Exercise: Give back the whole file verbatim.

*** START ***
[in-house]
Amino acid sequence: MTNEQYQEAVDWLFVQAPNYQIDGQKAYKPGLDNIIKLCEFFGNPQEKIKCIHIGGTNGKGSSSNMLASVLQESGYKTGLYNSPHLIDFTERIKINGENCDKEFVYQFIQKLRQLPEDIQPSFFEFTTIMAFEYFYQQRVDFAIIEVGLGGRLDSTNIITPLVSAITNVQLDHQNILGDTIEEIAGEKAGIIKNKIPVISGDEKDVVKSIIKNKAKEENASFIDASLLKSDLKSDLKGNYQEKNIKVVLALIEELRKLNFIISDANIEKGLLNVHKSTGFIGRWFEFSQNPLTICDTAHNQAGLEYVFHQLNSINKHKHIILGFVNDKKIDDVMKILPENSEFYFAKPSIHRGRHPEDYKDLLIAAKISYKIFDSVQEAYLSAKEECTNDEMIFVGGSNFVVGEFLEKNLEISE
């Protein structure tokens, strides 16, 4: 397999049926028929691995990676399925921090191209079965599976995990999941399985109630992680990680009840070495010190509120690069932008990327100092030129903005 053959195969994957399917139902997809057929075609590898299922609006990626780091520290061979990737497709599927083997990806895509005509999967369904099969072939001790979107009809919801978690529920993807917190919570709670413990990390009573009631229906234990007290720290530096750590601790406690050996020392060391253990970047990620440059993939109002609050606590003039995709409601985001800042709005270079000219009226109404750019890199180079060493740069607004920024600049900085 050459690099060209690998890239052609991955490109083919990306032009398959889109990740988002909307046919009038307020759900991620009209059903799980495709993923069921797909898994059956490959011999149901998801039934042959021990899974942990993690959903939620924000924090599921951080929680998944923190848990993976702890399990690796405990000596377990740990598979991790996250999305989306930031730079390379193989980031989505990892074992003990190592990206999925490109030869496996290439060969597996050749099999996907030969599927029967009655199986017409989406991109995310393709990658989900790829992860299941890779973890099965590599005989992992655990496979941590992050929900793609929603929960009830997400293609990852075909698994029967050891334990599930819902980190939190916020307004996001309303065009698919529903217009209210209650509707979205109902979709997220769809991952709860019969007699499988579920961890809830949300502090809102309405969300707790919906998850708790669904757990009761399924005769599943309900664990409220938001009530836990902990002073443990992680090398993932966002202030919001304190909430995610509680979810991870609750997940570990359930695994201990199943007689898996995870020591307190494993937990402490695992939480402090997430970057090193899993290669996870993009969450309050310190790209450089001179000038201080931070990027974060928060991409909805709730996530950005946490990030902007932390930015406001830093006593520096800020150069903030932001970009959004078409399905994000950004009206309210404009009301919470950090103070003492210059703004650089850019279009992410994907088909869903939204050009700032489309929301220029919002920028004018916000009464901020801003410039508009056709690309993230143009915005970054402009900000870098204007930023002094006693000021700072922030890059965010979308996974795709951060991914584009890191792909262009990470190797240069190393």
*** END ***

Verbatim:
[in-house]
Amino acid sequence: MTNEQYQEAVDWLFVQAPNYQIDGQKAYKPGLDNIIKLCEFFGNPQEKIKCIHIGGTNGKGSSSNMLASVLQESGYKTGLYNSPHLIDFTERIKINGENCDKEFVYQFIQKLRQLPEDIQPSFFEFTTIMAFEYFYQQRVDFAIIEVGLGGRLDSTNIITPLVSAITNVQLDHQNILGDTIEEIAGEKAGIIKNKIPVISGDEKDVVKSIIKNKAKEENASFIDASLLKSDLKSDLKGNYQEKNIKVVLALIEELRKLNFIISDANIEKGLLNVHKSTGFIGRWFEFSQNPLTICDTAHNQAGLEYVFHQLNSINKHKHIILGFVNDKKIDDVMKILPENSEFYFAKPSIHRGRHPEDYKDLLIAAKISYKIFDSVQEAYLSAKEECTNDEMIFVGGSNFVVGEFLEKNLEISE
């Protein structure tokens, strides 16, 4: 397999049926028929691995990676399925921090191209079965599976995990999941399985109630992680990680009840070495010190509120690069932008990327100092030129903005 053959195969994957399917139902997809057929075609590898299922609006990626780091520290061979990737497709599927083997990806895509005509999967369904099969072939001790979107009809919801978690529920993807917190919570709670413990990390009573009631229906234990007290720290530096750590601790406690050996020392060391253990970047990620440059993939109002609050606590003039995709409601985001800042709005270079000219009226109404750019890199180079060493740069607004920024600049900085 050459690099060209690998890239052609991955490109083919990306032009398959889109990740988002909307046919009038307020759900991620009209059903799980495709993923069921797909898994059956490959011999149901998801039934042959021990899974942990993690959903939620924000924090599921951080929680998944923190848990993976702890399990690796405990000596377990740990598979991790996250999305989306930031730079390379193989980031989505990892074992003990190592990206999925490109030869496996290439060969597996050749099999996907030969599927029967009655199986017409989406991109995310393709990658989900790829992860299941890779973890099965590599005989992992655990496979941590992050929900793609929603929960009830997400293609990852075909698994029967050891334990599930819902980190939190916020307004996001309303065009698919529903217009209210209650509707979205109902979709997220769809991952709860019969007699499988579920961890809830949300502090809102309405969300707790919906998850708790669904757990009761399924005769599943309900664990409220938001009530836990902990002073443990992680090398993932966002202030919001304190909430995610509680979810991870609750997940570990359930695994201990199943007689898996995870020591307190494993937990402490695992939480402090997430970057090193899993290669996870993009969450309050310190790209450089001179000038201080931070990027974060928060991409909805709730996530950005946490990030902007932390930015406001830093006593520096800020150069903030932001970009959004078409399905994000950004009206309210404009009301919470950090103070003492210059703004650089850019279009992410994907088909869903939204050009700032489309929301220029919002920028004018916000009464901020801003410039508009056709690309993230143009915005970054402009900000870098204007930023002094006693000021700072922030890059965010979308996974795709951060991914584009890191792909262009990470190797240069190393």